Pioneer Co-op had another record year in 2023, which was reflected in its annual general meeting. 

Hosted at the Living Sky Casino, members of Pioneer Co-op and its Board of Directors were able to indulge in a roast beef supper before unloading the details of the prior year.

Running the show for Pioneer Co-op during the AGM was Board Chair, Uli Cartman. He was able to announce that in 2023, the local Co-op generated over $383 million in sales. 

Cartman speaking before the gathered Pioneer Co-op members.Cartman speaking before the gathered Pioneer Co-op members.

"It tells us that the members are supporting us," said Cartman. "As we provide more services, with things like liquor having given a boost in our sales. Anytime that we can increase our services to members, it's a bonus."

Indeed, members of Pioneer Co-op saw a return of over $14.6 million in patronage allocation. That's money that goes back into members' pockets and into local efforts around the community.

Given that 2023 was another record year for Pioneer Co-op in terms of sales, it should come as no surprise that Pioneer Co-op continued to expand in southwest Sask. 

The last year saw the opening of a new tire shop in Bracken, a new farm centre in Eastend, and upgrades made to the Wheatland Mall refrigeration sections in the grocery store. There was also an upgrade made at all food centres, being an electronic shelf label system.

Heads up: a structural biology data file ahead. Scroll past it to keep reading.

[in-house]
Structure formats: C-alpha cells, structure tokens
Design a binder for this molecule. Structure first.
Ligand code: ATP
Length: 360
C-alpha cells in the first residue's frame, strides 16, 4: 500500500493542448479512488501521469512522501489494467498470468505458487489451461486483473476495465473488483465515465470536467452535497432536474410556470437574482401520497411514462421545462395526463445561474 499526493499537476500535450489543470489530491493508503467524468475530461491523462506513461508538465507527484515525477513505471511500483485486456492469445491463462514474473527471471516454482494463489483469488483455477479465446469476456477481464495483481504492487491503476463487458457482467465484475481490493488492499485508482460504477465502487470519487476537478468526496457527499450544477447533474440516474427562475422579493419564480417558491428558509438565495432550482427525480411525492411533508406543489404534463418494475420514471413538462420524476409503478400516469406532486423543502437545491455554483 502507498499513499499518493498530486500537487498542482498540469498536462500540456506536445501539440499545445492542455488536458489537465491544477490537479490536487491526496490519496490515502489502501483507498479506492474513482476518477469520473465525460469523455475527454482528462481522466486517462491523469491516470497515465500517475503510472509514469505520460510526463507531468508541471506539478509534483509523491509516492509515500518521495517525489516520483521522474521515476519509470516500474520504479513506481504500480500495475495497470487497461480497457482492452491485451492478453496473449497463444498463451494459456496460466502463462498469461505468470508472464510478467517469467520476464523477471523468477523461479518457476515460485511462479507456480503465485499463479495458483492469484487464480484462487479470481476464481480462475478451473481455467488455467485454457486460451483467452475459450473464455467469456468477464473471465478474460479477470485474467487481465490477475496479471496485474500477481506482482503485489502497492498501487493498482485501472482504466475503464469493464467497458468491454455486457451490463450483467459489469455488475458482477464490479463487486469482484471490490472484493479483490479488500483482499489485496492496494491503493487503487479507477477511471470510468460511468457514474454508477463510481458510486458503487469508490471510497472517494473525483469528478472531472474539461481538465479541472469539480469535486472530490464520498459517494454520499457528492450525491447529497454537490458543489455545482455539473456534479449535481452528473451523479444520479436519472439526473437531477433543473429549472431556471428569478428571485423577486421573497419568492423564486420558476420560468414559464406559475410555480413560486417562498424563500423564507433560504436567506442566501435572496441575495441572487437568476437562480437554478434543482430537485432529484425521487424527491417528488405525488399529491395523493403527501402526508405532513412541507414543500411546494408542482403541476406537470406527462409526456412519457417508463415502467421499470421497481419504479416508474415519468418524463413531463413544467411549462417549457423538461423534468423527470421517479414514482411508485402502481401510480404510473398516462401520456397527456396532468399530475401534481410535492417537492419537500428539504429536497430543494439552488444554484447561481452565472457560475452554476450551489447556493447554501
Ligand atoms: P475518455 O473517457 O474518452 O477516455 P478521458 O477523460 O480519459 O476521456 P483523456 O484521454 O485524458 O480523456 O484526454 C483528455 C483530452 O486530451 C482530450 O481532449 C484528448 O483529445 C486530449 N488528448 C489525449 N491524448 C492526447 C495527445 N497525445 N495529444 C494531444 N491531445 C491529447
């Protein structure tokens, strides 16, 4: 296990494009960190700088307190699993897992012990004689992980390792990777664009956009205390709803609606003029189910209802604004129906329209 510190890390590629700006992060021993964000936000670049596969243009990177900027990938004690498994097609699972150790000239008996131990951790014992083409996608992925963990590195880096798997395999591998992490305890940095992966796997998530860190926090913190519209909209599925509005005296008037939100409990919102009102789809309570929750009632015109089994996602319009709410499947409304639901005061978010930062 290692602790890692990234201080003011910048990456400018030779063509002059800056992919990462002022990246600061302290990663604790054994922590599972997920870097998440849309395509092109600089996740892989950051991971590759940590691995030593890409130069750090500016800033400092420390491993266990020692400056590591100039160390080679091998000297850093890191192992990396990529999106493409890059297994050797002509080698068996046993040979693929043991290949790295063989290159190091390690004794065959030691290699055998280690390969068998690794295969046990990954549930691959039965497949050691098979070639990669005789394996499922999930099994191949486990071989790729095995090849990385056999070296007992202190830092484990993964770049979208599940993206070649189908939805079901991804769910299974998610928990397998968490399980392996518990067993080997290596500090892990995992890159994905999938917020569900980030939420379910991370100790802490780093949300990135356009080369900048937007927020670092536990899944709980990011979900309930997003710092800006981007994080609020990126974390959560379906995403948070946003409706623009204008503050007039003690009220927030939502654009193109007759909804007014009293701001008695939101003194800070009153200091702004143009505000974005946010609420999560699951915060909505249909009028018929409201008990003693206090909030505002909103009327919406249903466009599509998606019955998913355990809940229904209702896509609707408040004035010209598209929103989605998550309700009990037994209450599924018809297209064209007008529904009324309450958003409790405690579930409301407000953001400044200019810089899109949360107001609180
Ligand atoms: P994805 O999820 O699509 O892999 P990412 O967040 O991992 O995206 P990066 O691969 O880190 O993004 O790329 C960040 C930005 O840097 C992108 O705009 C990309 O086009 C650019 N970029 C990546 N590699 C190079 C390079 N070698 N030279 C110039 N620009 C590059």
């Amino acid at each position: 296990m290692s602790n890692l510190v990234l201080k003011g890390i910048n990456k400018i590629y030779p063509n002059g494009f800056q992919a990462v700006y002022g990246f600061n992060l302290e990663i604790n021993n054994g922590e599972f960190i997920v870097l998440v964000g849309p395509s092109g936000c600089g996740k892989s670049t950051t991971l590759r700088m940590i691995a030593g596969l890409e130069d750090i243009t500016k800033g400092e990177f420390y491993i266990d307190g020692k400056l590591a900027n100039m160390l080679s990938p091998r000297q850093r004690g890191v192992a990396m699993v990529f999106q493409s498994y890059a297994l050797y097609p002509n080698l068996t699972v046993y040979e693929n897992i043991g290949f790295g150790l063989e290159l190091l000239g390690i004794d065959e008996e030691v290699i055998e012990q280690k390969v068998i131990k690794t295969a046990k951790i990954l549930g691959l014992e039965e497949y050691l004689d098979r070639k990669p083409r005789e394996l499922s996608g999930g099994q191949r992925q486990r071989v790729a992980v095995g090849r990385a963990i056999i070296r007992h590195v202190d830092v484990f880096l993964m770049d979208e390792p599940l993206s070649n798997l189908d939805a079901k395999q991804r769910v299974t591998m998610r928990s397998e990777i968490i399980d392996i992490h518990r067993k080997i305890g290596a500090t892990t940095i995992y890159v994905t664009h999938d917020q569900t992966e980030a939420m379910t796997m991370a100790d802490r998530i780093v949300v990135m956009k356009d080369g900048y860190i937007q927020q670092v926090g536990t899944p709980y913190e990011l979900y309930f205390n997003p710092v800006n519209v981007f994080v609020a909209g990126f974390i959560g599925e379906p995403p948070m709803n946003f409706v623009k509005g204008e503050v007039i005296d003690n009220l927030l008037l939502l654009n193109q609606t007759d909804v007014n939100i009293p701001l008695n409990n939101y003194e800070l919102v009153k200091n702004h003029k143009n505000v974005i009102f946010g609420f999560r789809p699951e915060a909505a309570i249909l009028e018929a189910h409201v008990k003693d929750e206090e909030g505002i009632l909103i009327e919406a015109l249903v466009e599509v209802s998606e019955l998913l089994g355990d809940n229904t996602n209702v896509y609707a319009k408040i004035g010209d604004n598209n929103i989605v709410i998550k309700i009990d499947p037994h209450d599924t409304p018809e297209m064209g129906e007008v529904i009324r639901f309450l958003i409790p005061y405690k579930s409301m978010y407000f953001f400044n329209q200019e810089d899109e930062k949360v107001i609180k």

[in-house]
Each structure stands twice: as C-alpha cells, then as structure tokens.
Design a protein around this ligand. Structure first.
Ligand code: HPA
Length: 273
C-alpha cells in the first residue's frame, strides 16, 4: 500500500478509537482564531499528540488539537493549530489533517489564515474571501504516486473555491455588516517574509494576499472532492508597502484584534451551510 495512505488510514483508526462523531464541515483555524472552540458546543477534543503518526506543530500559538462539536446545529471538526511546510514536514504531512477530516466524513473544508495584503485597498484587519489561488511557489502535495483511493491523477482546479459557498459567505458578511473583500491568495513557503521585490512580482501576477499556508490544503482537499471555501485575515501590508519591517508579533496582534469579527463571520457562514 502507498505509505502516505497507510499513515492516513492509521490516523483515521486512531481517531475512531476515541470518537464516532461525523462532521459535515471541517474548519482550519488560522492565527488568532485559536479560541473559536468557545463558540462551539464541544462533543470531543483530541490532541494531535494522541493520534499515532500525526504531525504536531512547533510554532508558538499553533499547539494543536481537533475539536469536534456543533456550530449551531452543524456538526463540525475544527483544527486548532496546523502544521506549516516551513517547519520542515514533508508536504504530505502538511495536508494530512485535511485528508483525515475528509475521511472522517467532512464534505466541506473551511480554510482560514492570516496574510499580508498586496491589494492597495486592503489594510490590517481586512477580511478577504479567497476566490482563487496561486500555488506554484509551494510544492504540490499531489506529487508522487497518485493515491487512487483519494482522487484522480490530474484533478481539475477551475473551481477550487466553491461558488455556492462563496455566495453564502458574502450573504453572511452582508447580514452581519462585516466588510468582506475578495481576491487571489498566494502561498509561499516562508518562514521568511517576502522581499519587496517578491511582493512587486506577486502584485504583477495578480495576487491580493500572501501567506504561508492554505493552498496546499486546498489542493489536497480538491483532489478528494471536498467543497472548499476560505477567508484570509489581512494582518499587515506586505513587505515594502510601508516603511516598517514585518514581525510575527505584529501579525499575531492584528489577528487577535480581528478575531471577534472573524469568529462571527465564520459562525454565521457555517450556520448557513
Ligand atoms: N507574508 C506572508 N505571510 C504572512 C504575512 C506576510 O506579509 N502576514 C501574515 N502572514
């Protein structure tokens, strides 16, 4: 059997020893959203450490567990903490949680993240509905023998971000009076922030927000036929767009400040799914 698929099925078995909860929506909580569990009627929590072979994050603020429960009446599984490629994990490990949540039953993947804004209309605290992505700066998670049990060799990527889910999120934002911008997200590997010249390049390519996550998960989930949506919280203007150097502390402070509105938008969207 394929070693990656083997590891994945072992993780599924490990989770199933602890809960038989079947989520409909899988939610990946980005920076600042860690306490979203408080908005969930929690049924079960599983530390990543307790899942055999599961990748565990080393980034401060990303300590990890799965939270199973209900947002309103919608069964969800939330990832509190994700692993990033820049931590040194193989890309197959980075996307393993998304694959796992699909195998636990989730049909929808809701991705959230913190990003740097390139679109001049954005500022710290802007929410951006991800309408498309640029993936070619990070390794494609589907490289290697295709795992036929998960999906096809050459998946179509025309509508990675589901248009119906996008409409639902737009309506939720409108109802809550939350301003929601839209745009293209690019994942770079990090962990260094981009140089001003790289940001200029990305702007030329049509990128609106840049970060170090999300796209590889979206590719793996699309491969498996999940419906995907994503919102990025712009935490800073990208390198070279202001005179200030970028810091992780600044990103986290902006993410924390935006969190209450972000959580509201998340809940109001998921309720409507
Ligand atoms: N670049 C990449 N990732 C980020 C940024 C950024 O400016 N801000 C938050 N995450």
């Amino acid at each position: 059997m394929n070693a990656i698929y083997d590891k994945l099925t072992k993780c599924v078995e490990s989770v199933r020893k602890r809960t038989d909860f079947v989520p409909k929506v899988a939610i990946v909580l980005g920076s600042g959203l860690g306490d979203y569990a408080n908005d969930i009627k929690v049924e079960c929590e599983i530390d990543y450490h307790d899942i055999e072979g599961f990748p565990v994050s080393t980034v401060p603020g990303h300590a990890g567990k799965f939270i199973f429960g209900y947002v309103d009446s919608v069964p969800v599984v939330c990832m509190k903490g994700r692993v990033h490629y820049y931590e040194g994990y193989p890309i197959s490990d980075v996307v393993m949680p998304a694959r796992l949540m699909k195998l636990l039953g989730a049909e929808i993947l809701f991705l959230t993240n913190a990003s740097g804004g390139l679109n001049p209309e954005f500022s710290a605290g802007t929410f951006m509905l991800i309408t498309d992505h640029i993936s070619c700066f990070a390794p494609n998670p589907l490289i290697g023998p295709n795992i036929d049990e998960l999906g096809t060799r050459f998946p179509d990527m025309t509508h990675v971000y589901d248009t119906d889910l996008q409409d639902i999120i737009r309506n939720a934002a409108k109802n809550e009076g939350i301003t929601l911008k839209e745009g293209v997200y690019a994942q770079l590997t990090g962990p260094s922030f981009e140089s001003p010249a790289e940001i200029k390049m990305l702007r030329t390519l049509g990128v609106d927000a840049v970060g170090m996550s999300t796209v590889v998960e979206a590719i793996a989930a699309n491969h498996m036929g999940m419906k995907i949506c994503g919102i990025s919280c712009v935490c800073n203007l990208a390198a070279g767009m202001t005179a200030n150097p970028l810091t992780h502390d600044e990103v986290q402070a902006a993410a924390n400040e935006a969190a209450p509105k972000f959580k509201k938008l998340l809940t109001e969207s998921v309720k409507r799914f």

Perhaps the most significant for Swift Current residents in terms of services was the acquisition and rebranding of the Husky service station on South Service Road and Sixth Avenue Northeast. 

"For eastbound traffic, we could never get property," said Cartman. "When this came up through [Federatred Co-operatives Limited]'s purchase, it was good for us."

Not everyone at the AGM was satisfied with the continued growth of the Pioneer Co-op. Certain ex-employees of the company were in the crowd. When it came to the question period, they made their voices heard.

The question was ventured of why if the sales are so high, and each year is a new record, do employees struggle to make ends meet? And again, if it's the people who make sure the service is the best, and if it's the people who ensure the operation runs smoothly, why do their wages not increase with profits?

Both Cartman and Pioneer Co-op CEO Larry Kozun assured that they care about their employees and that if anyone has concerns, to call them so they can work to find a solution.

"Our employees are our greatest asset," said Cartman. "It really bothers me that they are not appreciated as much as they should be."

Uli stated that the board's first responsibility is to members. When they have great profits, as in 2023, that money goes into the $14.6 million that members saw going back to them.

When asked if an employee's wage increase would affect that return, Cartman stated that it is connected. 

"It's an expense," said Cartman.  "Anytime you have an expense, you have less return."

The door remains open to anyone with concerns to reach out to Pioneer Co-op with both Cartman and Kozun declaring this issue important to them at the AGM.